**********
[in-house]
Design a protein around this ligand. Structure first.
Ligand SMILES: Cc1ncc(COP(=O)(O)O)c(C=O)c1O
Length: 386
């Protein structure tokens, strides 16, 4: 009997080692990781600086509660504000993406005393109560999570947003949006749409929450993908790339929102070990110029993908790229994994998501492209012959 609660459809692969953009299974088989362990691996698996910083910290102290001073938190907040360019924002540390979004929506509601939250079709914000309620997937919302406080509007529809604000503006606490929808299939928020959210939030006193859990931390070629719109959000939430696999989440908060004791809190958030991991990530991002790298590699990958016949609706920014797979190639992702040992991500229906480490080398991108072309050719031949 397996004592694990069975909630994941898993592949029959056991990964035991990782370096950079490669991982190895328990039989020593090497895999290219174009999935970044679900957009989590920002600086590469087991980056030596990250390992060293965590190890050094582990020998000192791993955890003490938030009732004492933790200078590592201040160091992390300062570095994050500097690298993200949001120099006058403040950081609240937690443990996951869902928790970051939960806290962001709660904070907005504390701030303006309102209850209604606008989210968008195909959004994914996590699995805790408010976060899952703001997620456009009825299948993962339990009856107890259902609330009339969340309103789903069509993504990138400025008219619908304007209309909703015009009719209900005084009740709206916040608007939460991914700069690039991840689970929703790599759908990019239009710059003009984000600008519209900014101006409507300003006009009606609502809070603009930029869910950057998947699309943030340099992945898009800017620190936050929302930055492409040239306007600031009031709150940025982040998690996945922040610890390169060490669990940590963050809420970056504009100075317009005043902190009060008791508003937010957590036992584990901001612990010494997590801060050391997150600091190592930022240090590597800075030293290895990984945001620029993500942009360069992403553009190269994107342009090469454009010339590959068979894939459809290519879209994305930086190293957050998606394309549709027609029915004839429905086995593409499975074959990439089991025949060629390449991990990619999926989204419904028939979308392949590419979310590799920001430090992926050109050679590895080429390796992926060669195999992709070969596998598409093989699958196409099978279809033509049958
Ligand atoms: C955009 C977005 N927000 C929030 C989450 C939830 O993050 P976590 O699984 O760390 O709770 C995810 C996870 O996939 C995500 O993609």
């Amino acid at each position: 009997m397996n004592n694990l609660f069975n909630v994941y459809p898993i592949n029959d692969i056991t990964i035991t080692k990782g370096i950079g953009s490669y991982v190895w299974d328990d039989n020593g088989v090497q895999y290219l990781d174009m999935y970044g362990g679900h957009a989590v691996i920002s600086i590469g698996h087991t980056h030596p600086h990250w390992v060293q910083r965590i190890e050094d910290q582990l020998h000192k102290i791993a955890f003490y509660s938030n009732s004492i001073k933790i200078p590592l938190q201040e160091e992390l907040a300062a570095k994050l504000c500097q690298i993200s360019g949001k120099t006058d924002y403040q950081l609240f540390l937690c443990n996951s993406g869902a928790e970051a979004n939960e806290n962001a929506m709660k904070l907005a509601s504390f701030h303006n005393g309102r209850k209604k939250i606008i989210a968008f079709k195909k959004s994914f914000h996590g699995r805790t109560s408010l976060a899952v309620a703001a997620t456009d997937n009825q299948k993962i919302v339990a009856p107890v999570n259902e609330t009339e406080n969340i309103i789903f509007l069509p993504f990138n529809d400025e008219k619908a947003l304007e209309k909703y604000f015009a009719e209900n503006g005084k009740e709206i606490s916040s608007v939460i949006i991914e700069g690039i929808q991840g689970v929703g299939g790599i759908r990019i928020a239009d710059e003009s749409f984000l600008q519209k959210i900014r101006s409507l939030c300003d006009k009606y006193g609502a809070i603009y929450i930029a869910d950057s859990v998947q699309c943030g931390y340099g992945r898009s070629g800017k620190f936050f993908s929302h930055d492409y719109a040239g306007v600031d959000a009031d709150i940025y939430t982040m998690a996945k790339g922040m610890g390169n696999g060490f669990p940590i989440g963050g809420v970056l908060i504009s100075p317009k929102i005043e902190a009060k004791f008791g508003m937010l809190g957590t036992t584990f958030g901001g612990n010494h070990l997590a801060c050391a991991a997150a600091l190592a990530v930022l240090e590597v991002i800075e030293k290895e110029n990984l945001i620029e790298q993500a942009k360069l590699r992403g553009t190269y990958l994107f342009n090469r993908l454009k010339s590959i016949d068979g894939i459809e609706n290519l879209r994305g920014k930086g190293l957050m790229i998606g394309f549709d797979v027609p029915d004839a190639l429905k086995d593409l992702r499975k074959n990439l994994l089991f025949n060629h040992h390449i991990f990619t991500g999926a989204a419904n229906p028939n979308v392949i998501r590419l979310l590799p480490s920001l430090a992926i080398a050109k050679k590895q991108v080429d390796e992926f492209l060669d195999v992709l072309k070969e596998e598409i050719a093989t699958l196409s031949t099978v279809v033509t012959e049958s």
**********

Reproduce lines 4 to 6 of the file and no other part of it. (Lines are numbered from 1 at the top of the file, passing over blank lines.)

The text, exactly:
Length: 386
């Protein structure tokens, strides 16, 4: 009997080692990781600086509660504000993406005393109560999570947003949006749409929450993908790339929102070990110029993908790229994994998501492209012959 609660459809692969953009299974088989362990691996698996910083910290102290001073938190907040360019924002540390979004929506509601939250079709914000309620997937919302406080509007529809604000503006606490929808299939928020959210939030006193859990931390070629719109959000939430696999989440908060004791809190958030991991990530991002790298590699990958016949609706920014797979190639992702040992991500229906480490080398991108072309050719031949 397996004592694990069975909630994941898993592949029959056991990964035991990782370096950079490669991982190895328990039989020593090497895999290219174009999935970044679900957009989590920002600086590469087991980056030596990250390992060293965590190890050094582990020998000192791993955890003490938030009732004492933790200078590592201040160091992390300062570095994050500097690298993200949001120099006058403040950081609240937690443990996951869902928790970051939960806290962001709660904070907005504390701030303006309102209850209604606008989210968008195909959004994914996590699995805790408010976060899952703001997620456009009825299948993962339990009856107890259902609330009339969340309103789903069509993504990138400025008219619908304007209309909703015009009719209900005084009740709206916040608007939460991914700069690039991840689970929703790599759908990019239009710059003009984000600008519209900014101006409507300003006009009606609502809070603009930029869910950057998947699309943030340099992945898009800017620190936050929302930055492409040239306007600031009031709150940025982040998690996945922040610890390169060490669990940590963050809420970056504009100075317009005043902190009060008791508003937010957590036992584990901001612990010494997590801060050391997150600091190592930022240090590597800075030293290895990984945001620029993500942009360069992403553009190269994107342009090469454009010339590959068979894939459809290519879209994305930086190293957050998606394309549709027609029915004839429905086995593409499975074959990439089991025949060629390449991990990619999926989204419904028939979308392949590419979310590799920001430090992926050109050679590895080429390796992926060669195999992709070969596998598409093989699958196409099978279809033509049958
Ligand atoms: C955009 C977005 N927000 C929030 C989450 C939830 O993050 P976590 O699984 O760390 O709770 C995810 C996870 O996939 C995500 O993609």